By Historian and Curator Nancy Pope
As you may have heard, on July 27, 2011, Owney will be honored with his very own postage stamp. To celebrate this great occasion, this is the fourth in a series of blogs celebrating some of Owney’s tags.
Owney, the most famous dog of his day, was famous foremost for traveling. So it should be no surprise that among those who honored the dog with a tag were gentlemen from another well traveled group – Michigan’s “Knights of the Grip.” This organization of traveling salesmen recognized their fellow wanderer with this distinctive token. The tag’s shape and design represented the association’s symbol.
It is not known if Owney ever applied for an official membership from the organization, which required its members be employed for at least a year as a traveling man, in good health, “not afflicted with any chronic disease, and not addicted to the use of intoxicating liquors as a beverage, residing or traveling in the State of Michigan, who is actively engaged in selling goods at wholesale, adjusting insurance or as superintendent of agencies.” Annual dues were set at $1.00.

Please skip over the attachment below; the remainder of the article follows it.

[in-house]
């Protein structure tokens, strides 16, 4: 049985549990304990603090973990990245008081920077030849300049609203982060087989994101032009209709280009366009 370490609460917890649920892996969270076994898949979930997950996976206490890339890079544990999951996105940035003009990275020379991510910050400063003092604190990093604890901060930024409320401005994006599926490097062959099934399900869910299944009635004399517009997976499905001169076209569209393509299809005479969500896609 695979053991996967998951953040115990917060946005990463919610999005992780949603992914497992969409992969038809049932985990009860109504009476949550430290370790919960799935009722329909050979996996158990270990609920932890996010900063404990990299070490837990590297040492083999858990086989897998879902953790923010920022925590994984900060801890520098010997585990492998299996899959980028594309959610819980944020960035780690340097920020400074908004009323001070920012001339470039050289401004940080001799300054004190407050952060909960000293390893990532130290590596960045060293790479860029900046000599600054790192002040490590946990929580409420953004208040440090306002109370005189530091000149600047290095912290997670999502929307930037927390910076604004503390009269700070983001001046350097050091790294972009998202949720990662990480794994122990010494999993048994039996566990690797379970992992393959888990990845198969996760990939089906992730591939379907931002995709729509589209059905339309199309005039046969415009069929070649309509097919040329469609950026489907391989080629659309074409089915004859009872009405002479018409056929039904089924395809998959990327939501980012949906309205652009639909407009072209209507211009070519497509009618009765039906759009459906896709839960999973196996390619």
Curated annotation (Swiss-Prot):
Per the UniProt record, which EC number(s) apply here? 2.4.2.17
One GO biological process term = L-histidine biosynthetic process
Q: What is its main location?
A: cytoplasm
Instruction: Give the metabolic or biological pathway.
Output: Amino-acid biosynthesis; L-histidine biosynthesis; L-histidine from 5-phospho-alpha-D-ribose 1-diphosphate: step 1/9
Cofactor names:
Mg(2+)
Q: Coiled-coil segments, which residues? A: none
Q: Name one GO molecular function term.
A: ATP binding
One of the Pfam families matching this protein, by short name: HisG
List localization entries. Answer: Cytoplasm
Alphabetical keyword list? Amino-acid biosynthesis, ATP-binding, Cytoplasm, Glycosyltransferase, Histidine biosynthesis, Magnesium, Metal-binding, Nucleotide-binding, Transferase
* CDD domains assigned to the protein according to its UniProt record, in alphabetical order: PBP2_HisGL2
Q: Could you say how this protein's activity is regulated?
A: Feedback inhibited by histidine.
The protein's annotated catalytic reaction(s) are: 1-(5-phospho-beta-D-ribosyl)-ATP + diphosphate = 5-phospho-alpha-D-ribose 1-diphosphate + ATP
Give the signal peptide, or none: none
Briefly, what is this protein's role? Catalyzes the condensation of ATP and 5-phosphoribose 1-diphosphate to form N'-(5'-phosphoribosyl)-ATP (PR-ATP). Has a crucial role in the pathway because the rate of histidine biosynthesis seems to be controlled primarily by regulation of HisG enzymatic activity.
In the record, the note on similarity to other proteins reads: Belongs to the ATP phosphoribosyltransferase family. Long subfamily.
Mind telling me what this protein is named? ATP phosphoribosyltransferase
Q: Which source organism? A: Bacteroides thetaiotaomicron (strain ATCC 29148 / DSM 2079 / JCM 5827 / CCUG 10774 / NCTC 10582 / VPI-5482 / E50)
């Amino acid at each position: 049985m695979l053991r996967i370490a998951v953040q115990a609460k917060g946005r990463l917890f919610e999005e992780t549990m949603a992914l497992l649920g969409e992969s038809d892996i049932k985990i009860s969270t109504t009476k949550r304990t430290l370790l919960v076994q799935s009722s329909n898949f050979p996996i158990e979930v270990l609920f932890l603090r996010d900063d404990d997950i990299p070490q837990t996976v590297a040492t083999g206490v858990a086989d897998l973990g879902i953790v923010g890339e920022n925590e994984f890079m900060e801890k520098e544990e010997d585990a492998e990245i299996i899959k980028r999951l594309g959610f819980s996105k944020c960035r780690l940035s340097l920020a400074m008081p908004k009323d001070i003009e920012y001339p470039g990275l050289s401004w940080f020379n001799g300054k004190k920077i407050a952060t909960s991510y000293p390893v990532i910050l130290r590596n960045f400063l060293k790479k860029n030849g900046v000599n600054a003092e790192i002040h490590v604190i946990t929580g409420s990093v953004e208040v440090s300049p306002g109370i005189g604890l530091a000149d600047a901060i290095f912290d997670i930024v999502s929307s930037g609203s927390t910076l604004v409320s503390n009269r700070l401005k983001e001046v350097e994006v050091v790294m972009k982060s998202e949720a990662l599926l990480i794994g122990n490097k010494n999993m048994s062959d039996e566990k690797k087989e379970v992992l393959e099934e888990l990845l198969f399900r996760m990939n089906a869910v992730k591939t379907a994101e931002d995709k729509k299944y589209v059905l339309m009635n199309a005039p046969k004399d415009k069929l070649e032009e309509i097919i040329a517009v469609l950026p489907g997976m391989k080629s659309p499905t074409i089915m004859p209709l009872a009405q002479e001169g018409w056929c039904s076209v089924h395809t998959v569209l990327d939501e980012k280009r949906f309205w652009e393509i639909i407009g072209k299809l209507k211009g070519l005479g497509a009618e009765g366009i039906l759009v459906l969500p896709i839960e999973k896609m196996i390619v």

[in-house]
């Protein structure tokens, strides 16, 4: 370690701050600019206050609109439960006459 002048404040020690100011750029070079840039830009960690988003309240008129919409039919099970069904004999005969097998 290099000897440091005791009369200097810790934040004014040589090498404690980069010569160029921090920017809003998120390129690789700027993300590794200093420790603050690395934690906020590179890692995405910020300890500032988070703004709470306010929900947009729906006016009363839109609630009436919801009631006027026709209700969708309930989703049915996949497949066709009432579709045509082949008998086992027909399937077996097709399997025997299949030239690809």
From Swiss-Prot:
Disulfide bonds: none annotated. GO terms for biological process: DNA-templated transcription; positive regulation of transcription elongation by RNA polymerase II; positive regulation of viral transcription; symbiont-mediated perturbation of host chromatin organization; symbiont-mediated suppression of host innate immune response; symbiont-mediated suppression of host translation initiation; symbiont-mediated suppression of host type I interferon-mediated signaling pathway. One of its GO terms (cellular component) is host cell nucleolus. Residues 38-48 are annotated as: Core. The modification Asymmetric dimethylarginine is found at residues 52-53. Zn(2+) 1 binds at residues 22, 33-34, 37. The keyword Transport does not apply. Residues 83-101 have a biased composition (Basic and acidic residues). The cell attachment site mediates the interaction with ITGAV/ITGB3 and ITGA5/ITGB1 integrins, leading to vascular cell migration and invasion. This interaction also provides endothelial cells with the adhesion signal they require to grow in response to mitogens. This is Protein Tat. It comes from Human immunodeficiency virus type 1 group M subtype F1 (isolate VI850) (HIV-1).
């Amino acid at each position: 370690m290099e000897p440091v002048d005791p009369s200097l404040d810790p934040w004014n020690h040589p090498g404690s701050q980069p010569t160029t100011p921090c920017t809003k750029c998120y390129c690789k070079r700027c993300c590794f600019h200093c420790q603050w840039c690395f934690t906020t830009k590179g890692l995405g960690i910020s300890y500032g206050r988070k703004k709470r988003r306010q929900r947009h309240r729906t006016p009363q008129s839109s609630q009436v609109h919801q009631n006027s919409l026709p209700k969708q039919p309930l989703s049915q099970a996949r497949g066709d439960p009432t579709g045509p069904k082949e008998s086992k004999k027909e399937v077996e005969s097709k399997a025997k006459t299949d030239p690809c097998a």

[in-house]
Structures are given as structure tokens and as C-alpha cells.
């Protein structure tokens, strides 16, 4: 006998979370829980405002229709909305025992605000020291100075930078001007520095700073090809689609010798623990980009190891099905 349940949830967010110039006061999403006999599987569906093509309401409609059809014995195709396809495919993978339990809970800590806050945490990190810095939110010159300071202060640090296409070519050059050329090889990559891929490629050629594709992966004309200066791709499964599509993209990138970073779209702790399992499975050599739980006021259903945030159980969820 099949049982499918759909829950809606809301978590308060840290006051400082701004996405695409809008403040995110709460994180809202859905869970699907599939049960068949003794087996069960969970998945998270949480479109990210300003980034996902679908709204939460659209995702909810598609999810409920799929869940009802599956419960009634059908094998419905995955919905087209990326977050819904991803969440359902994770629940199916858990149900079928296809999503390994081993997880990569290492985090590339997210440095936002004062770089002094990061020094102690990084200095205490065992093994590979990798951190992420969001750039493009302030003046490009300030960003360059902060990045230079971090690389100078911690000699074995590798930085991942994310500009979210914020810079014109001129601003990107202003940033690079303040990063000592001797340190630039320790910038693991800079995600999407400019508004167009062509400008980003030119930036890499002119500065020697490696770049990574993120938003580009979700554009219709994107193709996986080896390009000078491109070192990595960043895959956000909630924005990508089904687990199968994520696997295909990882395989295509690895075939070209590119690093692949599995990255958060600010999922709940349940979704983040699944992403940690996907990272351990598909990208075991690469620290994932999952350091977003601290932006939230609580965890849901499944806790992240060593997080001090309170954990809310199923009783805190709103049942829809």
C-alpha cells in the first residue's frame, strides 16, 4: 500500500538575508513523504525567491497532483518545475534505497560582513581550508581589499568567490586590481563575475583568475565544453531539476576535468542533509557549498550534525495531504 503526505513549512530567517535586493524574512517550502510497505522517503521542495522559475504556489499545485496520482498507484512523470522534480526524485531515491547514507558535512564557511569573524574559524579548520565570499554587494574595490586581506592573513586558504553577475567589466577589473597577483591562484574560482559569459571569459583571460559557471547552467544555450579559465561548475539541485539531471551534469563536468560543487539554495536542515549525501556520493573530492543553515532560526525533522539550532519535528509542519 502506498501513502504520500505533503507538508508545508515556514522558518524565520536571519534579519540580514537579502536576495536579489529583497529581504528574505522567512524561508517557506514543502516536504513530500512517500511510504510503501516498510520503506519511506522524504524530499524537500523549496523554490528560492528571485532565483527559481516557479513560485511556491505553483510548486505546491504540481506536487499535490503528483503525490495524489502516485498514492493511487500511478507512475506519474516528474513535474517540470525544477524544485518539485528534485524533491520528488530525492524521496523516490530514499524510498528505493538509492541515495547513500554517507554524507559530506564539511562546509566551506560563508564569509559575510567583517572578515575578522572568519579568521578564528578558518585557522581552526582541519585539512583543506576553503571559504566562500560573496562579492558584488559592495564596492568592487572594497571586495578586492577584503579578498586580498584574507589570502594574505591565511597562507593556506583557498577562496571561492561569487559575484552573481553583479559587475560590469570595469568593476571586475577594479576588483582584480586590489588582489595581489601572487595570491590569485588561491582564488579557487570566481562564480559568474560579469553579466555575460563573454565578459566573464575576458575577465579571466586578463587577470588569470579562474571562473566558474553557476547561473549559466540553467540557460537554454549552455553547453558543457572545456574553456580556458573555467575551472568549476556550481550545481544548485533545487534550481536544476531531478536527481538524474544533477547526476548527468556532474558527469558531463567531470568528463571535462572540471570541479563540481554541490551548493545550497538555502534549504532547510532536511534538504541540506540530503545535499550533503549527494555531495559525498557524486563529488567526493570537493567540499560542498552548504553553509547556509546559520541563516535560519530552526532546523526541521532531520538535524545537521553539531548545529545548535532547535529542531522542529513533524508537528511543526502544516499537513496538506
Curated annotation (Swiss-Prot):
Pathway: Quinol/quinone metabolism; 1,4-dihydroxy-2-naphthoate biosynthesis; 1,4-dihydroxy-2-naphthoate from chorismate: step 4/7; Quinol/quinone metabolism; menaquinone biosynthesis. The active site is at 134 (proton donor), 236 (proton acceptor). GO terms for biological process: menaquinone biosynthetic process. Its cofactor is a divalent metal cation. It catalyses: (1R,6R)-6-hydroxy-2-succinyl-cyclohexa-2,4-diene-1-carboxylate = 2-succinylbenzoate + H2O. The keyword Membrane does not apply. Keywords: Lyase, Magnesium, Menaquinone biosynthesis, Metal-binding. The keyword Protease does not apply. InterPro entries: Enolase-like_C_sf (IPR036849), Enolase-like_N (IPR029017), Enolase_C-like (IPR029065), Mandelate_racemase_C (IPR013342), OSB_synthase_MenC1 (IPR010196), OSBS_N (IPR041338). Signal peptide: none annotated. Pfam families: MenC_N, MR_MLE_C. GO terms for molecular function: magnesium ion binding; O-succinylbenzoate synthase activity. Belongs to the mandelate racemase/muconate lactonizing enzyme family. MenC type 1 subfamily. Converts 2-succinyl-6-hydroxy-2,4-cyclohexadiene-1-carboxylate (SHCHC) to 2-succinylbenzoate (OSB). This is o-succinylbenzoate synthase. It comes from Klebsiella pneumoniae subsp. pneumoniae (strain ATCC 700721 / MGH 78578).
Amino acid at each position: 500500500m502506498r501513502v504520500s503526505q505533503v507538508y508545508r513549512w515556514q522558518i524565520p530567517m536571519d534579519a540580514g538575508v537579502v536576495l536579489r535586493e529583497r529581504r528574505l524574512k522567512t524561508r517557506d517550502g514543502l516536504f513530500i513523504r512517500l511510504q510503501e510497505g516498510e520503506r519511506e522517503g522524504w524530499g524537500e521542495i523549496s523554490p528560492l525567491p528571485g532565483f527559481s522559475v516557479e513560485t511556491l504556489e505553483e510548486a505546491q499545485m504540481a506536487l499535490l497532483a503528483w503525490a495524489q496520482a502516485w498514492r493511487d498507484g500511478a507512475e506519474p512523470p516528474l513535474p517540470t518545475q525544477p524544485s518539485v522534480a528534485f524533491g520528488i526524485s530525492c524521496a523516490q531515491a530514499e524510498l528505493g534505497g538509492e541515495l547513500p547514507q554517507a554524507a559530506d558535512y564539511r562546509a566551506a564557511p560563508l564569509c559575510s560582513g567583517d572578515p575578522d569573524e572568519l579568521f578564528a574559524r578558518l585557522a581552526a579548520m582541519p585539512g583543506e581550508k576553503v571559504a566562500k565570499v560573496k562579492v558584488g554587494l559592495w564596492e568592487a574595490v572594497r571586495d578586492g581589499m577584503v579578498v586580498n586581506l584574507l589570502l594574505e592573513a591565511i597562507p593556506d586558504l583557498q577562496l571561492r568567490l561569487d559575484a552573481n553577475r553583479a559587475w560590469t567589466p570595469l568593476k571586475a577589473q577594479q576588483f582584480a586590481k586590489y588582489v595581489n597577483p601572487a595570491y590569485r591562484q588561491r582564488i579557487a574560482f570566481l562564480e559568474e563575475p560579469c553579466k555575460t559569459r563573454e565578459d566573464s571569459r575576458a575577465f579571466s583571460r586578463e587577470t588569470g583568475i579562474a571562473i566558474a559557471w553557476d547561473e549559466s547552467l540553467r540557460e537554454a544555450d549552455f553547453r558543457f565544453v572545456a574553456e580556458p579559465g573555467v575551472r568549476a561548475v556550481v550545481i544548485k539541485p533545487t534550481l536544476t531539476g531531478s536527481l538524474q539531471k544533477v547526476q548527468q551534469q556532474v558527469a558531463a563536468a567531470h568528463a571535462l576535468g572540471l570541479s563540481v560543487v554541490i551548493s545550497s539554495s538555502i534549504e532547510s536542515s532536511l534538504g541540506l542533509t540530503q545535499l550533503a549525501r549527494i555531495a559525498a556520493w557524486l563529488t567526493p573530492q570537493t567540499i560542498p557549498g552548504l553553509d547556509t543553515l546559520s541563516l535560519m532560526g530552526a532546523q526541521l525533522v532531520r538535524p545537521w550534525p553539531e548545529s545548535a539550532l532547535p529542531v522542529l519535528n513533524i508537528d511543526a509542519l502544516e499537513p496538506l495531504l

Previous "Countdown to Owney" posts:
About the Author
The late Nancy A. Pope, a Smithsonian Institution curator and founding historian of the National Postal Museum, worked with the items in this collection since joining the Smithsonian Institution in 1984. In 1993 she curated the opening exhibitions for the National Postal Museum. Since then, she curated several additional exhibitions. Nancy led the project team that built the National Postal Museum's first website in 2002. She also created the museum's earliest social media presence in 2007.